County to consider next steps for criticized Napili project
Council committees to mull eminent domain, investigation of approval
Two Maui County Council committees will consider the county’s next steps — including the possibility of eminent domain — for a large controversial home in Napili that has drawn scrutiny for several months over its approval process and status.
A resolution introduced by Council Member Tamara Paltin, who holds the West Maui residency seat, seeks to authorize proceedings in eminent domain to acquire the property. The resolution suggests the property could house a public building for Hawaiian cultural education or other public purposes.
On Tuesday, the full council referred the resolution to the Government Relations, Ethics and Transparency Committee.
A second resolution introduced by Council Member Kelly King authorizes a council committee to conduct a formal investigation of the Planning and Public Works departments in relation to the county’s issuance of development approvals for the home at 5385 Lower Honoapiilani Road. The resolution was referred to the Climate Action, Resilience and Environment Committee.
The resolutions aim to deal with the fallout over developer Greg Brown’s eight-bedroom, two-story home, whose size caught the eye and ire of neighbors. The county issued stop-work orders over violations on the project last year but has since lifted the orders.
Planning Director Michele McLean said in a meeting with council members in March that she, too, is upset over the home, but that it had come under compliance with county law.
Residents and community members have said the developer was skirting rules and disguising a vacation rental as a single-family home.
Brown, whose attorneys said he wanted to have the option of using the property as a vacation rental, countered that he had been building in compliance and plans were approved by the county. McLean told The Maui News last year that the county informed Brown that a short-term rental is not currently allowed.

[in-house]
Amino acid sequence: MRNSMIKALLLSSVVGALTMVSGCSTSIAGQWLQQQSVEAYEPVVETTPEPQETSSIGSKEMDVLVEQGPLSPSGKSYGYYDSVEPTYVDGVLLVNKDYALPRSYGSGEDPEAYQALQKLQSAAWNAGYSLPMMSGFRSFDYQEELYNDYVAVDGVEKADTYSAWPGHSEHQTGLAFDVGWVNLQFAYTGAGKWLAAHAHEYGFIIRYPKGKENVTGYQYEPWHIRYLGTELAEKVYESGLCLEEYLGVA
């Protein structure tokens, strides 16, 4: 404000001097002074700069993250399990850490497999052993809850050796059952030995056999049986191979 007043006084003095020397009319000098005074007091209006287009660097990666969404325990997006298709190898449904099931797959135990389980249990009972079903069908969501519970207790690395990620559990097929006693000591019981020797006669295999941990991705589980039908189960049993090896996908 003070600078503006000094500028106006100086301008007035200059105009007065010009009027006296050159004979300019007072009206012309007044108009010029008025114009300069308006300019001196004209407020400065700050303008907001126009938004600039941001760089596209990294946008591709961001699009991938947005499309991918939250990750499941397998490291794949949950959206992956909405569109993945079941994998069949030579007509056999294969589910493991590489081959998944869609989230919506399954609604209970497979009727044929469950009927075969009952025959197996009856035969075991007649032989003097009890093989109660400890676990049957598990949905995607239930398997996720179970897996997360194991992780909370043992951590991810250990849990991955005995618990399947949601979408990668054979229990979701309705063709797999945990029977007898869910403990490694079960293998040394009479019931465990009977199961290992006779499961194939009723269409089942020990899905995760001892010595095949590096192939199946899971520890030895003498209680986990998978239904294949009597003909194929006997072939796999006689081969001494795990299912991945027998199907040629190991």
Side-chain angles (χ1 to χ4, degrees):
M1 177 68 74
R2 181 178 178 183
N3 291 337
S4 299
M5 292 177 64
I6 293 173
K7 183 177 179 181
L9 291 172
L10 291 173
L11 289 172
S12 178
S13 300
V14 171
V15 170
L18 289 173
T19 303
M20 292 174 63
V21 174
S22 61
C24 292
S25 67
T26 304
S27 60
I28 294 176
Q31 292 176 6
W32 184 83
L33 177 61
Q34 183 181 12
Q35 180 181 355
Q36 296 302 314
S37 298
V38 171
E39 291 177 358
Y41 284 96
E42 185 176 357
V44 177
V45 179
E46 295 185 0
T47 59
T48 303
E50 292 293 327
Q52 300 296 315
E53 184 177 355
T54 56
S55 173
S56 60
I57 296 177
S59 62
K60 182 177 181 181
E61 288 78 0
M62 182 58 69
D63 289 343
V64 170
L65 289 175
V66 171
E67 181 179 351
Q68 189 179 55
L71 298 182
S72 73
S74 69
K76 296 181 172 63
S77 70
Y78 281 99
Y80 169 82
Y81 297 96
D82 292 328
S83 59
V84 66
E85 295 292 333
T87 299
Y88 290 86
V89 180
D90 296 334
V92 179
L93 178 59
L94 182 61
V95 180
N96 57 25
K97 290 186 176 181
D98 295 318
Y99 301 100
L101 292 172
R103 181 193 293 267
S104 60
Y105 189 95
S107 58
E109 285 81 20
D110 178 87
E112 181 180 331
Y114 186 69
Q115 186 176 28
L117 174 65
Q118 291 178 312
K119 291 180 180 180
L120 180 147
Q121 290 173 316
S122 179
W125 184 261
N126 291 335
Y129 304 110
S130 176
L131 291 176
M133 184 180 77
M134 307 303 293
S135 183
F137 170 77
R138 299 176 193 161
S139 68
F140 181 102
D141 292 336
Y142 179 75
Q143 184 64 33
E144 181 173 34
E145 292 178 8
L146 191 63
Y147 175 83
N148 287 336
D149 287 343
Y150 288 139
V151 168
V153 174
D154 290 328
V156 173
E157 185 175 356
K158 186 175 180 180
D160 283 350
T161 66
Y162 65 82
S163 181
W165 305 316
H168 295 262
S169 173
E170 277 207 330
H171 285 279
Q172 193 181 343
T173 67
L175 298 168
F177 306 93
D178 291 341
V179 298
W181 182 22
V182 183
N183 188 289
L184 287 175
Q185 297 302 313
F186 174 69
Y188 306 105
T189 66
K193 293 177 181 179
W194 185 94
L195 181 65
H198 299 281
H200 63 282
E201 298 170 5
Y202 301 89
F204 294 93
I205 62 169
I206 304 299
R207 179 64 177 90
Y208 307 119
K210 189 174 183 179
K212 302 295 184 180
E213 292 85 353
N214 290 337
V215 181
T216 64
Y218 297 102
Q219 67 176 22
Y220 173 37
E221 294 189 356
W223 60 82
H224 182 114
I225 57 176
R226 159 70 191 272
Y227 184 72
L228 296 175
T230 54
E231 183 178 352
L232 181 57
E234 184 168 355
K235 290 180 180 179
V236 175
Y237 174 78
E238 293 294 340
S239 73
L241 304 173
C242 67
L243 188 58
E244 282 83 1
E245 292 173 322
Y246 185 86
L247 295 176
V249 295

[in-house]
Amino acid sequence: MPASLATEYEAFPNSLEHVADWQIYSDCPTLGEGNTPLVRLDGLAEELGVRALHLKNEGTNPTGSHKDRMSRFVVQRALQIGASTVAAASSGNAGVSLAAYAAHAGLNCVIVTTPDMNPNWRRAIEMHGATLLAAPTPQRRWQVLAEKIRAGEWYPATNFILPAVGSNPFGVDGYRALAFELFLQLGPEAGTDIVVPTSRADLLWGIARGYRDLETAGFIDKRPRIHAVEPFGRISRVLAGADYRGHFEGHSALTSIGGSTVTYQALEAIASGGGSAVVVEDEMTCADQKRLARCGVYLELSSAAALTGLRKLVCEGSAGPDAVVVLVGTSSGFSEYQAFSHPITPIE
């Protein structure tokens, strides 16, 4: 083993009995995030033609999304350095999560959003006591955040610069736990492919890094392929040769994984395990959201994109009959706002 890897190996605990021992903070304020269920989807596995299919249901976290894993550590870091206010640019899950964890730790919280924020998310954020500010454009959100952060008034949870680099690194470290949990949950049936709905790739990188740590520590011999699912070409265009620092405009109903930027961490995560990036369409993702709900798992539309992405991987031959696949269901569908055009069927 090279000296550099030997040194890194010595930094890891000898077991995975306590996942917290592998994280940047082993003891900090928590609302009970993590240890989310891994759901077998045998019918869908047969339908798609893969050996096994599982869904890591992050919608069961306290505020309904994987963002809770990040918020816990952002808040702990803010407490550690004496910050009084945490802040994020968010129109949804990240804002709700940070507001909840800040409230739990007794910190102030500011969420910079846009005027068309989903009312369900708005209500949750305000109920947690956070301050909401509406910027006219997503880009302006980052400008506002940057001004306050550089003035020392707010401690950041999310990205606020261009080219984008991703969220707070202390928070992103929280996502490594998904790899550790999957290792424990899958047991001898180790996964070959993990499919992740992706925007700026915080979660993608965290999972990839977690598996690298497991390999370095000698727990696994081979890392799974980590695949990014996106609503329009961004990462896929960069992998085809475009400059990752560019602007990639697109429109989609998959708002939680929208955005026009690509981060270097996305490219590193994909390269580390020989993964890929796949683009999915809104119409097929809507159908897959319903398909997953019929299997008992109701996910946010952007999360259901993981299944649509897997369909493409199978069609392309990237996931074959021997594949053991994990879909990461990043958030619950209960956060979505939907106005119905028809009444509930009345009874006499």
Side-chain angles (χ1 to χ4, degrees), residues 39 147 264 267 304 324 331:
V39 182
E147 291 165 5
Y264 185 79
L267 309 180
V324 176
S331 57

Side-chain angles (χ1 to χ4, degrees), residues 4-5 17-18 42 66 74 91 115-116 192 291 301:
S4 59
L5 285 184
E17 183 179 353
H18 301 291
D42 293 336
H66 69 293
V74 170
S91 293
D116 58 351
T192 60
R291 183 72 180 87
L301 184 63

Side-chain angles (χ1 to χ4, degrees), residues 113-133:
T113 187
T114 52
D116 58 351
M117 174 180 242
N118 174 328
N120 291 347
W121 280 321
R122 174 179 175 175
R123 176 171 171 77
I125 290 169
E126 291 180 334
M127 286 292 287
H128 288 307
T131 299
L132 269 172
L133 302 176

The community complaints led the council to update county laws regarding building heights in the Napili Civic Improvement District as well as prohibit new hotel or vacation rental use throughout the district, where the home is located.
Complaints also led the county to investigate the size and height of the home and issue two stop-work orders to Napili Beach House LLC in December. The order was lifted in February as the project was founded to later be in compliance.
Issues surrounding the home continued to upset some community members who have made various allegations of wrongdoing by the county, including claims of bribery that Corporation Counsel Moana Lutey said in a council committee meeting in March that her office had looked into and determined to be unfounded.
Some Napili residents want the home torn down, claiming the county made a mistake and the house should never have been approved.
The Planning Department originally gave an exemption to the dwelling in 2019, when plans showed it was 7,483 square feet.
However, the department later determined that square feet of floor space for various equipment was not included in the total and that the structure exceeded the threshold of 7,500 square feet for a special management area exemption for a single-family residence in the area. The home’s original height of 45 feet was later deemed too tall.
In March, McLean told council members in a committee meeting that the home had come under compliance because floor space intended to be used as a place to store maintenance equipment had been eliminated. Also, an equipment room originally set to be located next to an elevator shaft on the roof had also been eliminated.
Those eliminated floor spaces and removal of the equipment room on the roof remedied the issues over square footage and height, McLean said.
At least 20 written testimonies supported both resolutions before the council on Tuesday.
Josh Downer of the Napili Bay Community Association said the organization has been talking to King for a number of months regarding the investigation resolution, which he said is a “remarkable step” by the council to take action.
But he urged the council to hire special counsel, an outside attorney, to assist with the investigation.
Downer said he has friends in the Department of Corporation Counsel that he respects professionally, but said those attorneys do not have the independence to advise the council and that the corporation counsel has been doing the “bidding” of the Planning Department.
Downer also thanked Paltin for her resolution and her “decisive action” to not let the project continue on in its current form.
Lahaina resident Kanamu Balinbin was uneasy about the resolution to acquire the property through eminent domain, saying it “will cost a bunch of money” and adding that he was not sure if it was the “right thing to do.”
But he said something needs to be done about the house that residents have been fighting against for a while.
* Melissa Tanji can be reached at email@example.com.